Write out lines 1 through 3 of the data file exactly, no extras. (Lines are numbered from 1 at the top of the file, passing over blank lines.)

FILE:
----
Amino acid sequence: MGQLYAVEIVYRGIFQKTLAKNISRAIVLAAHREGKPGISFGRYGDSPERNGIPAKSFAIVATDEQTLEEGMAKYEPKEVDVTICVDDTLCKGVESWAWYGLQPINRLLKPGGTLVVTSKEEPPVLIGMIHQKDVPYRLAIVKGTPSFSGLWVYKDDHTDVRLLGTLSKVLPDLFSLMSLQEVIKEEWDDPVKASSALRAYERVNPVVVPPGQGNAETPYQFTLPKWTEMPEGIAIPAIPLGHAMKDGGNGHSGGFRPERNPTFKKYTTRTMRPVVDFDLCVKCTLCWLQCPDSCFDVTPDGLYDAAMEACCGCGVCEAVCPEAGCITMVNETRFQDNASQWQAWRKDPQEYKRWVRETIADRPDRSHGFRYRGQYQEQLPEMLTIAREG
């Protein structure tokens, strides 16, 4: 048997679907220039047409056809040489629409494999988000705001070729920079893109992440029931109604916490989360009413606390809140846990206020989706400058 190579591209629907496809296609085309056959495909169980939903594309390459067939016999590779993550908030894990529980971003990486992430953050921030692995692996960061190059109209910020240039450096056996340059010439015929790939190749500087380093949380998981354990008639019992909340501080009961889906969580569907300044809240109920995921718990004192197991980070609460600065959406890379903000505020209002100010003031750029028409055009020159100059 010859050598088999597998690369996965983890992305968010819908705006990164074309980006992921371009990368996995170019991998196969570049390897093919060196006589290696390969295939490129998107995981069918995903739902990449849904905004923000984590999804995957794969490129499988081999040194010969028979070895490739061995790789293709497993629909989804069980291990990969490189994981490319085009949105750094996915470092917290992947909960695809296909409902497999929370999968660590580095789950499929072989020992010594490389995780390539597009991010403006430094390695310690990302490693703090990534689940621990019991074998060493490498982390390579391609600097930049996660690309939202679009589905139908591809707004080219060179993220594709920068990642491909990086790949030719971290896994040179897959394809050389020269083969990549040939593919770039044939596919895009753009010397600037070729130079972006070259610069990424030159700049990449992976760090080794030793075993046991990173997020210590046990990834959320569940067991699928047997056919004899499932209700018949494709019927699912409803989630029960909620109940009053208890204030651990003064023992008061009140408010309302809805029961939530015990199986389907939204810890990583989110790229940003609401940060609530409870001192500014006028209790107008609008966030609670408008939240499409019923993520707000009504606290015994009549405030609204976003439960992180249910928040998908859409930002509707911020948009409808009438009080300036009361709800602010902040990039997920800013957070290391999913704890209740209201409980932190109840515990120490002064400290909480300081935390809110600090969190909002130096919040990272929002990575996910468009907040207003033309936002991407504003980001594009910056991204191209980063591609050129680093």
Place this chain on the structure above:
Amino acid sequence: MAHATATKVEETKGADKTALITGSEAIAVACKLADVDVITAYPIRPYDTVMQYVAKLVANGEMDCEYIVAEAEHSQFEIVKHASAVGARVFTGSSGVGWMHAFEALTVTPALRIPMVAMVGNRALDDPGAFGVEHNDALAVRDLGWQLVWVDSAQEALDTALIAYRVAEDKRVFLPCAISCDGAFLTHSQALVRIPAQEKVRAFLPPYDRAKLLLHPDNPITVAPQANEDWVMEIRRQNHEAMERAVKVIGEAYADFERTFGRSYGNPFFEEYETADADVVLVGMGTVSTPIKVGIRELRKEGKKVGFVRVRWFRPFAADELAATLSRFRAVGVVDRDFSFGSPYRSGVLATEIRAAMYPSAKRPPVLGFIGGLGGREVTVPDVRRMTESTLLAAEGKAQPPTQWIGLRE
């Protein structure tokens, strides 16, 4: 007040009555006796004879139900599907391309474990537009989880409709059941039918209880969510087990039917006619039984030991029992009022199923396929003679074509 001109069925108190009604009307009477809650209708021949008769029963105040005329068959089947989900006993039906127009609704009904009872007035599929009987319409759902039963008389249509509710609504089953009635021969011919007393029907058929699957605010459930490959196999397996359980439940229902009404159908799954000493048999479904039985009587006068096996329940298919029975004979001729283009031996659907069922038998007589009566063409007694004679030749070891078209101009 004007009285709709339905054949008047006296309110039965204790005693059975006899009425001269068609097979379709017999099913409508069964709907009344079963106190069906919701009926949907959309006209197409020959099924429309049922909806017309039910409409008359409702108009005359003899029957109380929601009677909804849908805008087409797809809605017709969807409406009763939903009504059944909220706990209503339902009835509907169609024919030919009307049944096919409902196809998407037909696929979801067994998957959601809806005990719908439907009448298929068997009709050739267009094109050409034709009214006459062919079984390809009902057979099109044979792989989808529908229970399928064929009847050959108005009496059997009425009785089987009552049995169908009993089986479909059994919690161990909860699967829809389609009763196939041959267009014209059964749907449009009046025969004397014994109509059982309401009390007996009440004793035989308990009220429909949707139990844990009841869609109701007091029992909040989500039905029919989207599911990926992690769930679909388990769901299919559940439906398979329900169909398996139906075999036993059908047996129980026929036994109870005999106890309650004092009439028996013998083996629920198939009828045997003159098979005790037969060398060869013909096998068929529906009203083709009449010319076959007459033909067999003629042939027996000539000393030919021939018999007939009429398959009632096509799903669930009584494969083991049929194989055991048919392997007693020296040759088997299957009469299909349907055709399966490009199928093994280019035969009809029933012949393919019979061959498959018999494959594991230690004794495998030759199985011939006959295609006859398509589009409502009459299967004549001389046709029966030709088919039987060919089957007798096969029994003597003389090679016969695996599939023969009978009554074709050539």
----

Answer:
Amino acid sequence: MGQLYAVEIVYRGIFQKTLAKNISRAIVLAAHREGKPGISFGRYGDSPERNGIPAKSFAIVATDEQTLEEGMAKYEPKEVDVTICVDDTLCKGVESWAWYGLQPINRLLKPGGTLVVTSKEEPPVLIGMIHQKDVPYRLAIVKGTPSFSGLWVYKDDHTDVRLLGTLSKVLPDLFSLMSLQEVIKEEWDDPVKASSALRAYERVNPVVVPPGQGNAETPYQFTLPKWTEMPEGIAIPAIPLGHAMKDGGNGHSGGFRPERNPTFKKYTTRTMRPVVDFDLCVKCTLCWLQCPDSCFDVTPDGLYDAAMEACCGCGVCEAVCPEAGCITMVNETRFQDNASQWQAWRKDPQEYKRWVRETIADRPDRSHGFRYRGQYQEQLPEMLTIAREG
């Protein structure tokens, strides 16, 4: 048997679907220039047409056809040489629409494999988000705001070729920079893109992440029931109604916490989360009413606390809140846990206020989706400058 190579591209629907496809296609085309056959495909169980939903594309390459067939016999590779993550908030894990529980971003990486992430953050921030692995692996960061190059109209910020240039450096056996340059010439015929790939190749500087380093949380998981354990008639019992909340501080009961889906969580569907300044809240109920995921718990004192197991980070609460600065959406890379903000505020209002100010003031750029028409055009020159100059 010859050598088999597998690369996965983890992305968010819908705006990164074309980006992921371009990368996995170019991998196969570049390897093919060196006589290696390969295939490129998107995981069918995903739902990449849904905004923000984590999804995957794969490129499988081999040194010969028979070895490739061995790789293709497993629909989804069980291990990969490189994981490319085009949105750094996915470092917290992947909960695809296909409902497999929370999968660590580095789950499929072989020992010594490389995780390539597009991010403006430094390695310690990302490693703090990534689940621990019991074998060493490498982390390579391609600097930049996660690309939202679009589905139908591809707004080219060179993220594709920068990642491909990086790949030719971290896994040179897959394809050389020269083969990549040939593919770039044939596919895009753009010397600037070729130079972006070259610069990424030159700049990449992976760090080794030793075993046991990173997020210590046990990834959320569940067991699928047997056919004899499932209700018949494709019927699912409803989630029960909620109940009053208890204030651990003064023992008061009140408010309302809805029961939530015990199986389907939204810890990583989110790229940003609401940060609530409870001192500014006028209790107008609008966030609670408008939240499409019923993520707000009504606290015994009549405030609204976003439960992180249910928040998908859409930002509707911020948009409808009438009080300036009361709800602010902040990039997920800013957070290391999913704890209740209201409980932190109840515990120490002064400290909480300081935390809110600090969190909002130096919040990272929002990575996910468009907040207003033309936002991407504003980001594009910056991204191209980063591609050129680093």
Place this chain on the structure above: